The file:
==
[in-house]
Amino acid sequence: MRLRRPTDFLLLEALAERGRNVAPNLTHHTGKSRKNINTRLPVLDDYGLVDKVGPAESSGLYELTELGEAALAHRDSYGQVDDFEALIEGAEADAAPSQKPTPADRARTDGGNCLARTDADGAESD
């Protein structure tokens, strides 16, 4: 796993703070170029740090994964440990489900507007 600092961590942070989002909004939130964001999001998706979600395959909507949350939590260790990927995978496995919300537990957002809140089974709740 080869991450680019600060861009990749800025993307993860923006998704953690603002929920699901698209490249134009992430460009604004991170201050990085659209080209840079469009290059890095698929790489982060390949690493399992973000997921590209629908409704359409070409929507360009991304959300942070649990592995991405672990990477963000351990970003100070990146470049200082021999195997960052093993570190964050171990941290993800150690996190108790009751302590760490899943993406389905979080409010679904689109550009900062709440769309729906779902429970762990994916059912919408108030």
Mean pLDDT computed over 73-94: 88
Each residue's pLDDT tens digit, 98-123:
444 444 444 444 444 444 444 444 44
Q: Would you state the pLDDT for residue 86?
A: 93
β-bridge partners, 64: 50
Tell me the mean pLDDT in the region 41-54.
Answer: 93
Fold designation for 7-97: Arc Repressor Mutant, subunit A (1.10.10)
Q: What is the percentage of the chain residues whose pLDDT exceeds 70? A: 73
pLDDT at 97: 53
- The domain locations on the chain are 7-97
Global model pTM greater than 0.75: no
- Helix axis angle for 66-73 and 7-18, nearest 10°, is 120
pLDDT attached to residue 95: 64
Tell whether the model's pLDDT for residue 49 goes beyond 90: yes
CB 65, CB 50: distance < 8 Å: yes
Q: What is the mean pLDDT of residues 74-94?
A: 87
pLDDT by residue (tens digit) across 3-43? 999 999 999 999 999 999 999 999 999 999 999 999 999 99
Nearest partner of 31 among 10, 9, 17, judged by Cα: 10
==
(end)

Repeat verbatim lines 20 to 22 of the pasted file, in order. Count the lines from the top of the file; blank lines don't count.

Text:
CB 65, CB 50: distance < 8 Å: yes
Q: What is the mean pLDDT of residues 74-94?
A: 87